Numbers 36:9
Neither shall the inheritance remove from one tribe to another tribe; but every one of the tribes of the children of Israel shall keep himself to his own inheritance.
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EXPOSITORY (ENGLISH BIBLE)
36:5-12 Those who consult the oracles of God, concerning the making of their heavenly inheritance sure, shall not only be directed what to do, but their inquiries shall be graciously accepted. God would not have one tribe enriched at the expense of another. Each tribe was to keep to its own inheritance. The daughters of Zelophehad submitted to this appointment. How could they fail to marry well, when God himself directed them? Let the people of God learn how suitable and proper it is, like the daughters of Israel, to be united only to their own people. Ought not every true believer Israel, to be united only to their own people. Ought not every true believer in Jesus, to be very attentive in the near and tender relations of life, to be united only to such as are united to the Lord? All our intentions and inclinations ought to be subjected to the will of God, when that is made known to us, and especially in contracting marriage. Although the word of God allows affection and preference in this important relation, it does not sanction that foolish, ungovernable, and idolatrous passion, which cares not what may be the end; but in defiance of authority, determines upon self-gratification. All such conduct, however disguised, is against common sense, the interests of society, the happiness of the marriage relation, and, what is still more evil, against the religion of Christ.Be taken away - i. e. be permanently taken away. The jubilee year, by not restoring the estate to the tribe to which it originally belonged, would in effect confirm the alienation.5-12. Moses commanded the children of Israel according to the word of the Lord—The plea appeared just and reasonable; and, accordingly an enactment was made by which the daughters of Zelophehad, while left to the free choice of their husbands, were restricted to marry not only within their own tribe, but within the family of their father's tribe—that is, one of their cousins. This restriction, however, was imposed only on those who were heiresses. The law was not applicable to daughters in different circumstances (1Ch 23:22)—for they might marry into another tribe; but if they did so, they were liable to forfeit their patrimonial inheritance, which, on the death of their father or brothers, went to the nearest of the family kinsmen. Here was an instance of progressive legislation (see also Ex 18:27) in Israel, the enactments made being suggested by circumstances. But it is deserving of special notice that those additions to, or modifications of, the law were confined to civil affairs; while the slightest change was inadmissible in the laws relating to worship or the maintenance of religion. No text from Poole on this verse. Neither shall the inheritance remove from one tribe to another,.... Which was one end of the year of jubilee, but that did not sufficiently secure it without this law, as this case shows:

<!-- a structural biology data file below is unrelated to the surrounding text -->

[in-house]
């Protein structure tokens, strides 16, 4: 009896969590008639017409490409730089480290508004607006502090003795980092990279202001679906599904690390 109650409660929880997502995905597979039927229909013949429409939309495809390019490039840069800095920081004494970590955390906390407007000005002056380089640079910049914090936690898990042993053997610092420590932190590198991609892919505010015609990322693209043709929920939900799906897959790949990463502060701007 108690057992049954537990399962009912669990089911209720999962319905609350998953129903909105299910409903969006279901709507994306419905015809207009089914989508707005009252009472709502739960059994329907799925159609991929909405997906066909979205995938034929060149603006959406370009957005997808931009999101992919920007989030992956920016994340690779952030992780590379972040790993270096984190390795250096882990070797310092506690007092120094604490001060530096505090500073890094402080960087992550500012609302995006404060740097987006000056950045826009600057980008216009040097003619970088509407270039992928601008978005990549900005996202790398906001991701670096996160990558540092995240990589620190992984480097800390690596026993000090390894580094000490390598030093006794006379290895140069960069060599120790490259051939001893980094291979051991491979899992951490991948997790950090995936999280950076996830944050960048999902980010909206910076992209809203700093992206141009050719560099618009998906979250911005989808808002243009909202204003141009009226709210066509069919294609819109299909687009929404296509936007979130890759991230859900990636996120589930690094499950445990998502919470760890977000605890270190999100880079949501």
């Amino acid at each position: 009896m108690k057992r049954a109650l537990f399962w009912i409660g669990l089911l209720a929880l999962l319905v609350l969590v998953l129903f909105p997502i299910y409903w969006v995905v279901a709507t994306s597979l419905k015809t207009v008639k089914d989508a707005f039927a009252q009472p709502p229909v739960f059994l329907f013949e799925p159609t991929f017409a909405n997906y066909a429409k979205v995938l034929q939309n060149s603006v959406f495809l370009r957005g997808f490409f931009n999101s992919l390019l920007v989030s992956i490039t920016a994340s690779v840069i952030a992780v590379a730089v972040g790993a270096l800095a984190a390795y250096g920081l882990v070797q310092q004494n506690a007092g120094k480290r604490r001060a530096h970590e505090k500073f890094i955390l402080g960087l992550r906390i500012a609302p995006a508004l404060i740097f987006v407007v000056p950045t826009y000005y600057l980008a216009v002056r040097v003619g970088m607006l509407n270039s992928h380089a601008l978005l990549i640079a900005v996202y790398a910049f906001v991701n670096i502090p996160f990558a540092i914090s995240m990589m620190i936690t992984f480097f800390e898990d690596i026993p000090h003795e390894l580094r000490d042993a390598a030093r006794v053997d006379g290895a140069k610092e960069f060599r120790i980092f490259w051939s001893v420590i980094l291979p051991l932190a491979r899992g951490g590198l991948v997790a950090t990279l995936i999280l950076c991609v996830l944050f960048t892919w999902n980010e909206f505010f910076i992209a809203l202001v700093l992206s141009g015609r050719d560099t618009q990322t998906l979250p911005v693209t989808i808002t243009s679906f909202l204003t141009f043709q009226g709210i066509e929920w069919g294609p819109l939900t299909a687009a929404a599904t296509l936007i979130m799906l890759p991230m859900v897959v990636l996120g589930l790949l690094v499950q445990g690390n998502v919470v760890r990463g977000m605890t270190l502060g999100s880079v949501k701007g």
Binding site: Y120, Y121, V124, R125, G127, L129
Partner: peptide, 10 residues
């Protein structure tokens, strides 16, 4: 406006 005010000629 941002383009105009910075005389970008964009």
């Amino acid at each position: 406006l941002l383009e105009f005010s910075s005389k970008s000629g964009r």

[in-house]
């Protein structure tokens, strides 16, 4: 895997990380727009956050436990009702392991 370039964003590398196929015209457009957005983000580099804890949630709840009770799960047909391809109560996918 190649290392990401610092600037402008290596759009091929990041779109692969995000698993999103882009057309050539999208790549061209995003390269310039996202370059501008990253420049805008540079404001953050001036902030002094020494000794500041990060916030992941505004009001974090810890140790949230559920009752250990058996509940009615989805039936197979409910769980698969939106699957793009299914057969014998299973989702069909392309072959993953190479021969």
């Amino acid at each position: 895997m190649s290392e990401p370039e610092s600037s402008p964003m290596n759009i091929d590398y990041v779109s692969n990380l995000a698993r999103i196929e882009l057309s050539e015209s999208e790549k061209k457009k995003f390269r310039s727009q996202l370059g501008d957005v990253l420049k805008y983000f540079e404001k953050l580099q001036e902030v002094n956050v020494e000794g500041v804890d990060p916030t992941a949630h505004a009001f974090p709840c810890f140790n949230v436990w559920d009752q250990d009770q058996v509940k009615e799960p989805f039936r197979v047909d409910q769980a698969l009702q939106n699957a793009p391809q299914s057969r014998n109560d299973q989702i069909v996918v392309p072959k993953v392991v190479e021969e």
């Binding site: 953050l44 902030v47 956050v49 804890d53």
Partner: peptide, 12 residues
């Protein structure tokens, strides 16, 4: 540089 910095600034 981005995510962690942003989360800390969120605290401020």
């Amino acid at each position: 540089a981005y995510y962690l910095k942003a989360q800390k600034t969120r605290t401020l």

but everyone of the tribes of Israel shall keep himself to his own inheritance; the chief view of which was, that it might clearly appear of what tribe and family the Messiah sprang when he came.

Neither shall the inheritance remove from one tribe to another tribe; but every one of the tribes of the children of Israel shall keep himself to his own inheritance.
EXEGETICAL (ORIGINAL LANGUAGES)
The occasion for this law was a representation made to Moses and the princes of the congregation by the heads of the fathers' houses (האבות for בּית־האבות, as in Exodus 6:25, etc.) of the family of Gilead the Manassite, to which Zelophehad (Numbers 26:33) belonged, to the effect that, by allotting an hereditary possession to the daughters of Zelophehad, the tribe-territory assigned to the Manassites would be diminished if they should marry into another tribe. They founded their appeal upon the command of Jehovah, that the land was to be distributed by lot among the Israelites for an inheritance (Numbers 36:2 compared with Numbers 26:55-56, and Numbers 33:54); and although it is not expressly stated, yet on the ground of the promise of the everlasting possession of Canaan (Genesis 17:8), and the provision made by the law, that an inheritance was not to be alienated (Leviticus 25:10, Leviticus 25:13, Leviticus 25:23.), they understood it as signifying that the portion assigned to each tribe was to continue unchanged to all generations. (The singular pronoun, my Lord, in Numbers 36:2, refers to the speaker, as in Numbers 32:27.) Now, as the inheritance of their brother, i.e., their tribe-mate Zelophehad, had been given to his daughters (Numbers 27:1), if they should be chosen as wives by any of the children of the (other) tribes of Israel, i.e., should marry into another tribe, their inheritance would be taken away from the tribe-territory of Manasseh, and would be added to that of the tribe into which they were received. The suffix להם (Numbers 36:3) refers ad sensum to מטּה, the tribe regarded according to its members.
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